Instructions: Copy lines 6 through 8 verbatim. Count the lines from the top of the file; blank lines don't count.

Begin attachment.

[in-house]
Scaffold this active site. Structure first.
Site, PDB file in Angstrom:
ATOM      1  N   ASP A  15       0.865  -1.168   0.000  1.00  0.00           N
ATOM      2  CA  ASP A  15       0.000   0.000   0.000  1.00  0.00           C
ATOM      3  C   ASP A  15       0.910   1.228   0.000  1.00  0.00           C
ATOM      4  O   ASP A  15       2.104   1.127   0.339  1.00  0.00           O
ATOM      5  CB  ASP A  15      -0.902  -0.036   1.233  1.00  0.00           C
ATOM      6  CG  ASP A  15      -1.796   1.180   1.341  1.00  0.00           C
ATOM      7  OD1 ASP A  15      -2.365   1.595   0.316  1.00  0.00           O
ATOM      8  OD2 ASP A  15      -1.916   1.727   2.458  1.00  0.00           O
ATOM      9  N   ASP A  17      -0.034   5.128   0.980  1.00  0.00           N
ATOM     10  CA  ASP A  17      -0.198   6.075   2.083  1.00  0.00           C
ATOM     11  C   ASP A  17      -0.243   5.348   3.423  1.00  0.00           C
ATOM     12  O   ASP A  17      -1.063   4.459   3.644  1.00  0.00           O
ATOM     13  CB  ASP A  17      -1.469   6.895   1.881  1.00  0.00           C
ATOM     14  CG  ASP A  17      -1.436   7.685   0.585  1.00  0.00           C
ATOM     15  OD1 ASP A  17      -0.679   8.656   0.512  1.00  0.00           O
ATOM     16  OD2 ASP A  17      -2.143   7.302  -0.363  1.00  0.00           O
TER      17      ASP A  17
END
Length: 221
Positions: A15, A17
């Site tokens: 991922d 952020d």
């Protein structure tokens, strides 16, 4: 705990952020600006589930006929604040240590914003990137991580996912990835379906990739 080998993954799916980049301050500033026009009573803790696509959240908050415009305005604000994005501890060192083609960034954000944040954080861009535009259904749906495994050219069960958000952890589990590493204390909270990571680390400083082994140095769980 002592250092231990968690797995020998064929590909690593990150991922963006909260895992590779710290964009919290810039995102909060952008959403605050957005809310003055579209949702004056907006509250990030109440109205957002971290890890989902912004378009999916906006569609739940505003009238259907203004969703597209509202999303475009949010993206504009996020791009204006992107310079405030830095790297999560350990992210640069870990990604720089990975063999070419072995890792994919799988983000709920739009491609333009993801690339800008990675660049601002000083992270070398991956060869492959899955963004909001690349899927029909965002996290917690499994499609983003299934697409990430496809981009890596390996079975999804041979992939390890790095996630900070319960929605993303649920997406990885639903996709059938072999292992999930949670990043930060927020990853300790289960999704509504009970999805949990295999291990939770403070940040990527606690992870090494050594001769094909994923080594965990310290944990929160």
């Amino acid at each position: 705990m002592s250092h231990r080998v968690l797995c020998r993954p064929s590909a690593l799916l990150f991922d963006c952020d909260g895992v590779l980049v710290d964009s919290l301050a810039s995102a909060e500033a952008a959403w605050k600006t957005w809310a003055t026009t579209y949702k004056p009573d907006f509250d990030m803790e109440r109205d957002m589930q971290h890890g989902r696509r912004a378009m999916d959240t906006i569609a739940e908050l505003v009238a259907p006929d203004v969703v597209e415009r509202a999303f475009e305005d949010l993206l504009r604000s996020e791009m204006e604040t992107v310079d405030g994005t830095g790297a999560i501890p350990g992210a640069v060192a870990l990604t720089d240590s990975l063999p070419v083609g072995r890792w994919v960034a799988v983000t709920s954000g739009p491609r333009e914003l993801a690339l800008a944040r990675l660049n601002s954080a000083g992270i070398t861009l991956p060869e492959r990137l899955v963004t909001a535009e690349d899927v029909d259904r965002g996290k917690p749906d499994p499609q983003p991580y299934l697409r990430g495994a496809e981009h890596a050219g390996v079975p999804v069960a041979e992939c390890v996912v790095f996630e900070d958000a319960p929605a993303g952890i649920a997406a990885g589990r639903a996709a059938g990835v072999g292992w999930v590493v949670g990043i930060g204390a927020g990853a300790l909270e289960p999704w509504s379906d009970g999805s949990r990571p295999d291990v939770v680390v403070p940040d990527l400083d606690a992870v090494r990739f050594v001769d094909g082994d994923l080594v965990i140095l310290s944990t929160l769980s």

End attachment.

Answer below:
ATOM      3  C   ASP A  15       0.910   1.228   0.000  1.00  0.00           C
ATOM      4  O   ASP A  15       2.104   1.127   0.339  1.00  0.00           O
ATOM      5  CB  ASP A  15      -0.902  -0.036   1.233  1.00  0.00           C